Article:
Eclipse Foundation is IMO the only organization which is able to be efficient at listening to the "market" of IDEs
I strongly disagree with this statement. There are many organizations as well as companies out there that can perform this equally efficient if not better. In fact, there used to be a company in the past. Also, anything the Foundation does is an investment as well. Simply put, in the end someone has to pay for it.
BTW, when doing competitive analysis I also disagree with an earlier argument that some ide isn't free and therefore doesn't count. There are a bunch of people out there that would rather spend a two digit amount for something that helps them get their work done more efficiently.
Anyway, just looking at the raw numbers, the issue is obvious. There were *a million* commits in the "eclipse" project (what I consider "platform") within three years back in 2004. It was only a good third in the last three years (2010-2012).http://dash.eclipse.org/dash/commits/web-app/summary.cgi
Those commits went into a lot of things truly important for innovation higher up the stack (SWT, Text, JFace, Resources). SWT has been in maintenance mode since important committers left. Oracle is investing a lot into JavaFX. There is some shift towards the web. There is a lot innovation happening at Orion. Also, the diversification into areas such as M2M, Polarsys, etc. help the Foundation maintaining a steady interest in the Foundation model. But what does this mean for the IDE?
Frankly, I think Orion is too early. There is still much attraction in native IDEs. We all have good ideas to improve the Eclipse IDE in ways we can. I've put energy into a proposal to address the preference issues within the packages. There is progress on this end. I've also put quite a bit energy into improving things in the past as well. There is only so much you can do as a single contributor not even working full-time on things. But I got frustrated along the way. Too much of the platform is still dominated and controlled too strictly by that one single company. Contributions got turned away because of the "lack of resources" argument and associated maintenance costs long term. To some point those arguments aren't completely invalid. I'm at a point of being resigned when it comes to contributing to the platform.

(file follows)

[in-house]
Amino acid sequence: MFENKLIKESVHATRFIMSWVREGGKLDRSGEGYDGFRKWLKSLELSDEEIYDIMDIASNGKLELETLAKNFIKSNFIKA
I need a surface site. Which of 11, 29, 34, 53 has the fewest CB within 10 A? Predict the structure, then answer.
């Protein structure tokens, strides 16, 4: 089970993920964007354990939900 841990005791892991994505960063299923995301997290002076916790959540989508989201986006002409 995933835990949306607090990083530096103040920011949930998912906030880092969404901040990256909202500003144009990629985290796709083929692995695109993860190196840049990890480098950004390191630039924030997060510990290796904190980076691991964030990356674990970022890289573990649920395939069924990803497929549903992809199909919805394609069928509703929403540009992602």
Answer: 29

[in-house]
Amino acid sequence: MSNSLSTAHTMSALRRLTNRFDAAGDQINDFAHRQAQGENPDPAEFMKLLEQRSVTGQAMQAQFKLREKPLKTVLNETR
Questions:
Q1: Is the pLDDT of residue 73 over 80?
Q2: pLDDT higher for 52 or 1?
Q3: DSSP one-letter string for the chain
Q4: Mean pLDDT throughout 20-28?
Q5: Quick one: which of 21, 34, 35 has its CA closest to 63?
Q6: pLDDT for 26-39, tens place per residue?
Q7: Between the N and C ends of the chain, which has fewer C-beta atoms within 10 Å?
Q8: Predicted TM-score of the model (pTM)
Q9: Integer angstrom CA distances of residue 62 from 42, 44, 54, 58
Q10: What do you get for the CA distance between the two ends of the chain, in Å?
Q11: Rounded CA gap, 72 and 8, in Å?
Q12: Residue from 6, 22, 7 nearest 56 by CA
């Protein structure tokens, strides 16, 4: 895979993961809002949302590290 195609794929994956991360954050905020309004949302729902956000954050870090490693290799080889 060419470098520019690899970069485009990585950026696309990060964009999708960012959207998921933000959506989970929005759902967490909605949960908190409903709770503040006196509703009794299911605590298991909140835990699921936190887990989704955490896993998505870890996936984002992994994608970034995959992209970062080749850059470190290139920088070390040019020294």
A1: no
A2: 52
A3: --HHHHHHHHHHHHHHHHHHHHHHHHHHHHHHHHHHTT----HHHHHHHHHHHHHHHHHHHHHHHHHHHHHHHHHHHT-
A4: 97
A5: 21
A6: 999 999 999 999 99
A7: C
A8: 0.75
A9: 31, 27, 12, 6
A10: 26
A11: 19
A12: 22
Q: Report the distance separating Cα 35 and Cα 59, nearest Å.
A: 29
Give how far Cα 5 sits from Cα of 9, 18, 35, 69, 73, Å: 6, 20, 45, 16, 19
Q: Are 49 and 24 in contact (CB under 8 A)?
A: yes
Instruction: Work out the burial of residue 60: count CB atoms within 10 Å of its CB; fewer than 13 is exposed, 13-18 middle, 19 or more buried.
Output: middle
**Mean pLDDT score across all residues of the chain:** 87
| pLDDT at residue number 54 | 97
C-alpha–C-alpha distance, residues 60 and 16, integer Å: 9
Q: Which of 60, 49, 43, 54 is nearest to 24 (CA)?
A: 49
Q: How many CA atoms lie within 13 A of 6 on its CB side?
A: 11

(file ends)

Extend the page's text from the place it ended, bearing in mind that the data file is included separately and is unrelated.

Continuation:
Without a team that is sufficiently funded for an interesting time period, it's only the small steps we can do. I'm wondering if those small steps will be enough for the IDE to have a future. Well, being a German I am actually more concerned than wondering but I consider this a better thing than not caring at all. I really appreciate the time and energy people are spending on this discussion.